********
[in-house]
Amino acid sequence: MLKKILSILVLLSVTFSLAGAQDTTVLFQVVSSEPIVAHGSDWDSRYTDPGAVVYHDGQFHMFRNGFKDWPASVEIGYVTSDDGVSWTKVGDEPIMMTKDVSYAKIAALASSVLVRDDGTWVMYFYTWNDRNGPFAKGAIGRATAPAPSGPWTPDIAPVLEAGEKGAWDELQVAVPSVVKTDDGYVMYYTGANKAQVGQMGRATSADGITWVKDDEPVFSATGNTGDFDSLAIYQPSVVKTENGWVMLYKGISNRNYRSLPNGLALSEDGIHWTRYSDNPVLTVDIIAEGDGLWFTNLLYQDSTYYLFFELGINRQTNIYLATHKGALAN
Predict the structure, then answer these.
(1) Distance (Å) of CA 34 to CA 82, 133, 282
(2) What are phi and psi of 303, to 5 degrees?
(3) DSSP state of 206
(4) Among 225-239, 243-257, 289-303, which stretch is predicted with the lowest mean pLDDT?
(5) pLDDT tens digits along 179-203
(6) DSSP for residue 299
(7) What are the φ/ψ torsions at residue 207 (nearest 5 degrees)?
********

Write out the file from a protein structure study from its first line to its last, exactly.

[in-house]
Amino acid sequence: MLKKILSILVLLSVTFSLAGAQDTTVLFQVVSSEPIVAHGSDWDSRYTDPGAVVYHDGQFHMFRNGFKDWPASVEIGYVTSDDGVSWTKVGDEPIMMTKDVSYAKIAALASSVLVRDDGTWVMYFYTWNDRNGPFAKGAIGRATAPAPSGPWTPDIAPVLEAGEKGAWDELQVAVPSVVKTDDGYVMYYTGANKAQVGQMGRATSADGITWVKDDEPVFSATGNTGDFDSLAIYQPSVVKTENGWVMLYKGISNRNYRSLPNGLALSEDGIHWTRYSDNPVLTVDIIAEGDGLWFTNLLYQDSTYYLFFELGINRQTNIYLATHKGALAN
Predict the structure, then answer these.
(1) Distance (Å) of CA 34 to CA 82, 133, 282
(2) What are phi and psi of 303, to 5 degrees?
(3) DSSP state of 206
(4) Among 225-239, 243-257, 289-303, which stretch is predicted with the lowest mean pLDDT?
(5) pLDDT tens digits along 179-203
(6) DSSP for residue 299
(7) What are the φ/ψ torsions at residue 207 (nearest 5 degrees)?